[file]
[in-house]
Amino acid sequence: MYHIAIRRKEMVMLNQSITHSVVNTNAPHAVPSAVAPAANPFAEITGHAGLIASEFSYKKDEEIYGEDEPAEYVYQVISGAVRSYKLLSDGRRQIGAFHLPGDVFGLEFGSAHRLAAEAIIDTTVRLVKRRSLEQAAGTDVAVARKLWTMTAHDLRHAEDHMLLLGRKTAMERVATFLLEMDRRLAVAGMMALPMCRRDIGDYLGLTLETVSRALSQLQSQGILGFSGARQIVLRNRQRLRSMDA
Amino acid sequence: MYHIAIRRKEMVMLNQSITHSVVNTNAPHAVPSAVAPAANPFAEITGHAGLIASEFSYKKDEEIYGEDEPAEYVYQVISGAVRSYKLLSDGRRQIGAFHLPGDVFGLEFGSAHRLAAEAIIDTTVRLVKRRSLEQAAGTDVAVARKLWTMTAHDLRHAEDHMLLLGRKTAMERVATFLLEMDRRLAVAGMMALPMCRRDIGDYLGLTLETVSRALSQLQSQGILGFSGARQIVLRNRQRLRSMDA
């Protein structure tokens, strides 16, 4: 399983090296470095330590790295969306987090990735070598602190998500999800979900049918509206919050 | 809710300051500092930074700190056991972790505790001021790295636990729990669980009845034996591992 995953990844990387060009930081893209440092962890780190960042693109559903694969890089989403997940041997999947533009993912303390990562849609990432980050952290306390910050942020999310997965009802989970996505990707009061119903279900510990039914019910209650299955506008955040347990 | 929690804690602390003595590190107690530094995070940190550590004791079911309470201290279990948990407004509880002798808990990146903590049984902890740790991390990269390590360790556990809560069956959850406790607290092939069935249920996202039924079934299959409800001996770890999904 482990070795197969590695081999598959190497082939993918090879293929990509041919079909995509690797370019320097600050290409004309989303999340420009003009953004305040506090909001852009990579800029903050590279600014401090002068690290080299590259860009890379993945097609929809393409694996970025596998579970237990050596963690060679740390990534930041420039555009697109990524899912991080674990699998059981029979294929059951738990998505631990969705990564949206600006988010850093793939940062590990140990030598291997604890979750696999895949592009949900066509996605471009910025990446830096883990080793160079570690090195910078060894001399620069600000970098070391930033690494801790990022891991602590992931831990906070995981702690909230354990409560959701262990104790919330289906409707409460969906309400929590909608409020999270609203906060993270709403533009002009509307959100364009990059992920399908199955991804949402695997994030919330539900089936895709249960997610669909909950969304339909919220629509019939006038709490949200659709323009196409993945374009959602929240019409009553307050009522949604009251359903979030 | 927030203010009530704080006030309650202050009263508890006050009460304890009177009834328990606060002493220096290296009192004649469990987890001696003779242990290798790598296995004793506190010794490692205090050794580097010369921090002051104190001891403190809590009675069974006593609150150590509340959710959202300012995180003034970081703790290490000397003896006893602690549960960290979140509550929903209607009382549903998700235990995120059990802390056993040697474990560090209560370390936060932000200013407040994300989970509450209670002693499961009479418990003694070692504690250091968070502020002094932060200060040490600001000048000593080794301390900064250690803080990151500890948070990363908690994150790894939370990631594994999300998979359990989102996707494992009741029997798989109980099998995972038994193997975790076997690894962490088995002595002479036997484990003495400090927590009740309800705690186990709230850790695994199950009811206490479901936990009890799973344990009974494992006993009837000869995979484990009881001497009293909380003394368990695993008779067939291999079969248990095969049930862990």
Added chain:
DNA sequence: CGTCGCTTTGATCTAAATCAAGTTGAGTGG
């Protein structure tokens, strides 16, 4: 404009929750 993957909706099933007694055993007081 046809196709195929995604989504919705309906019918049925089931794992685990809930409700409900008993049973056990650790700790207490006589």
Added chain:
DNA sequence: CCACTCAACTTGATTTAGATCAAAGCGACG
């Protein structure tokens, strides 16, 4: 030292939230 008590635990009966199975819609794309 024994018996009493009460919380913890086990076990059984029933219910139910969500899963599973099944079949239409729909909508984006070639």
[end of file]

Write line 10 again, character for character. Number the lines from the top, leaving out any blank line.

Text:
């Protein structure tokens, strides 16, 4: 030292939230 008590635990009966199975819609794309 024994018996009493009460919380913890086990076990059984029933219910139910969500899963599973099944079949239409729909909508984006070639």